Special Report: STEAM Success

El Paso, TEXAS (KTSM) - Two Borderland districts are touting their all-girls campuses.

The Young Women's Leadership Academy with the Ysleta Independent School District was the first public all-girls school in El Paso.

For eighth grader Alyssa Ramirez, attending the school took some convincing from her parents.

"If I got into this school there'd be a lot more opportunities than if I wouldn't have come here," says Ramirez.

It wasn't long before she realized she made the right decision, Ramirez says she loves what she's  learning and is having fun while doing it. 

TWLA focuses on science, technology, engineering, art and math, also known as STEAM.

"We know the girls are strong in the math and sciences, now it's about building the self-esteem and the confidence," says Principal Malinda Villalobos.

This is why the campus focuses on steam: according to the National Science Foundation,  nationwide 80% of students enrolled as undergrads in engineering courses are men, only 19% are women. At UTEP, nearly 20.9%  of undergrads in the College of Engineering were women and 79.9% of undergrads in the College of Science are women.

YWLA isn't the only all-girls campus in El Paso, the Young Women's Steam Research and Preparatory Academy in EPISD is also challenging minds.

The EPISD Preparatory Academy is also a new tech campus, meaning curriculum is based on project/problem-based learning. Amaris Espinoza is a 7th grader, she too needed convincing from her parents but it's a decision she does not regret.

"There's a bunch of different projects that we do, and everything is very hands on and that's what i like about it," says Espinoza.

But what happens after college graduation? Theresa Maldonado, Dean of Engineering at UTEP says with an increased focus on STEAM and engaging girls at a young age, the next step is keeping them in El Paso, but there's a problem.

"We have extremely bright people here but the job opportunities are not here," says Maldonado. 

Maldonado says there are couple of ways to look at economic development, one is to attract high tech companies and the other is for people to start their own businesses.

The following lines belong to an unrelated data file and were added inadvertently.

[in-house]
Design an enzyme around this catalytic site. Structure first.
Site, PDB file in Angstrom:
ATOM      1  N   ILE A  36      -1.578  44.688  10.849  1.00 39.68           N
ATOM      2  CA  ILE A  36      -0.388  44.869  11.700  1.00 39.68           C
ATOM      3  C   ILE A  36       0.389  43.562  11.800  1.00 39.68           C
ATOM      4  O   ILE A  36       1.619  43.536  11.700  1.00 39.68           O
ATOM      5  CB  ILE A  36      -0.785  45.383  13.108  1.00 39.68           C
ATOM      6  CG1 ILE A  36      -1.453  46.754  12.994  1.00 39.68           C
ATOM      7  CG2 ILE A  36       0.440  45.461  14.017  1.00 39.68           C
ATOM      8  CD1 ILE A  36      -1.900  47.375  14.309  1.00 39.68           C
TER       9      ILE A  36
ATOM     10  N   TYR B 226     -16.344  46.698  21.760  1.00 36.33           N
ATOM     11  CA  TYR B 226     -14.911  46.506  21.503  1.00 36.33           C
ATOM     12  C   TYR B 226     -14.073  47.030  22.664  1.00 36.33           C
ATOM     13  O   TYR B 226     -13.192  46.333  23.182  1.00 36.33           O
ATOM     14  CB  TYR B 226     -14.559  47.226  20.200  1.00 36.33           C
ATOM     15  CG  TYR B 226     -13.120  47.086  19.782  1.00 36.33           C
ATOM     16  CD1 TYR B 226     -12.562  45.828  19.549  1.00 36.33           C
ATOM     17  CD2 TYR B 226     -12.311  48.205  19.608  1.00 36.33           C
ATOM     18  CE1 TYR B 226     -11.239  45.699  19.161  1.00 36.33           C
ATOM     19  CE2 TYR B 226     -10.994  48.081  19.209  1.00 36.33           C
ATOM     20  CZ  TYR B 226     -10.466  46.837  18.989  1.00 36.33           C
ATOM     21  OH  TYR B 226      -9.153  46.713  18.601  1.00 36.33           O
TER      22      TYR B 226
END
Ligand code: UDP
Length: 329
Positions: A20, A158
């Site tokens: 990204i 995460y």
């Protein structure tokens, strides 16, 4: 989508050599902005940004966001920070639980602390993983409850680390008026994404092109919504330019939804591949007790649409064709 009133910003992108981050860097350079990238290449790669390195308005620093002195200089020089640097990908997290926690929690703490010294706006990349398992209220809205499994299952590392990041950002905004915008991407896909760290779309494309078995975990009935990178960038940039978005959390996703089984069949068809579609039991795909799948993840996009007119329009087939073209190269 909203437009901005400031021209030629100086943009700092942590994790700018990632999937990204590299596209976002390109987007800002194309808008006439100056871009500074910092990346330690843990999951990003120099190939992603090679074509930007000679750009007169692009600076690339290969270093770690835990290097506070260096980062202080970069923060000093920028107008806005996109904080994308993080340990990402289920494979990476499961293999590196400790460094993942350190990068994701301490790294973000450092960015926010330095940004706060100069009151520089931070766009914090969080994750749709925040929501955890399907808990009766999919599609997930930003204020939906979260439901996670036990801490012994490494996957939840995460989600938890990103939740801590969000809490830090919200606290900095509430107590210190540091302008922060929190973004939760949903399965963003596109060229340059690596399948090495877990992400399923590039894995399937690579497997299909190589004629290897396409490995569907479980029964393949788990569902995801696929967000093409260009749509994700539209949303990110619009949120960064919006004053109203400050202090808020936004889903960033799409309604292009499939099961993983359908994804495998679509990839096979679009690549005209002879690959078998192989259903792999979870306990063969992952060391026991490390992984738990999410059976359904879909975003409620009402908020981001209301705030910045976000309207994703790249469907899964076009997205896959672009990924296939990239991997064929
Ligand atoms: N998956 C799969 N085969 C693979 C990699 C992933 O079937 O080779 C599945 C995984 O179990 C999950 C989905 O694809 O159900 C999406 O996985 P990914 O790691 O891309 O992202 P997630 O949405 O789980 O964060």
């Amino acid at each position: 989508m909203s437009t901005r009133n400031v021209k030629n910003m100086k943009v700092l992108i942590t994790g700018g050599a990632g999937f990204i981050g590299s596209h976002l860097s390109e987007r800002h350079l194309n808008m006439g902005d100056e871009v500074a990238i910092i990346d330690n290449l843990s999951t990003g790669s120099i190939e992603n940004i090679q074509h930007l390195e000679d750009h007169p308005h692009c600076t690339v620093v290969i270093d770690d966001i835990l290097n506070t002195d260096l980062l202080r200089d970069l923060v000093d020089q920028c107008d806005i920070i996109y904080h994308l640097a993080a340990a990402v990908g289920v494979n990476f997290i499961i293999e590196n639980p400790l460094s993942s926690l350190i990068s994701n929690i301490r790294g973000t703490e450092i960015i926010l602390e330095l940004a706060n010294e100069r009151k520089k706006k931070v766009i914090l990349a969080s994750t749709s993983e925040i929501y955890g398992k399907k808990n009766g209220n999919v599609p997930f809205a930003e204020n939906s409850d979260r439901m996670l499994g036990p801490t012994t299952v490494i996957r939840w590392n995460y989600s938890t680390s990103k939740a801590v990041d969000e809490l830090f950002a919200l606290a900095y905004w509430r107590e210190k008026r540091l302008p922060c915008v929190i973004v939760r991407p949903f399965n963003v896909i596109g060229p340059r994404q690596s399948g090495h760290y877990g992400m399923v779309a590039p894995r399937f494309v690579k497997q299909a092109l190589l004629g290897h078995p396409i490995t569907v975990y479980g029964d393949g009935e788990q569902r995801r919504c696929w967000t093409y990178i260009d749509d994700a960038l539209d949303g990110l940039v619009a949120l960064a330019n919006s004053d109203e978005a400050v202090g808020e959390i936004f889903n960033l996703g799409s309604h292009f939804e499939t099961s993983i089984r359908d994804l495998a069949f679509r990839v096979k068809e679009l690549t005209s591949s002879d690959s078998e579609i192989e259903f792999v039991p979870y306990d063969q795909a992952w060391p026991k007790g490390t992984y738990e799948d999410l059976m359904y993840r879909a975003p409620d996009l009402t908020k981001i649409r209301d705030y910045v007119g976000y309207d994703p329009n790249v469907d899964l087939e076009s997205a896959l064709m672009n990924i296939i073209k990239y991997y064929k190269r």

YISD Superintendent Dr. Xavier De La Torre says El Paso is a great place for businesses but the question is, if we bring the companies here, do we have the educated workforce.

"If the answer is yes then this would be ideal, if the answer is no then you as a public school system, and I take responsibility for that, need to do better at preparing students for college and or career," says De La Torre.

Dr. Cynthia Ontiveros, Principal at the EPISD campus says she wants to the students at her school to really envision themselves in the careers that are traditionally dominated.

"Not just see themselves but to know that they are capable", says Ontiveros.

Both the EPISD and YISD campuses have a goal to educate future leaders and prepare young ladies for careers where they are currently being misrepresented.

Although both students we spoke with are too young to truly know what they want to do when they grow up, they both know they will be prepared.

The YISD and EPISD campuses are open enrollment and have only one requirement, to have a desire to learn. As for an all boys campus, YISD officials say they plan to open one in fall of 2019 but with an entirely different focus. EPISD says they're in the very preliminary stages of that discussion.

 

 


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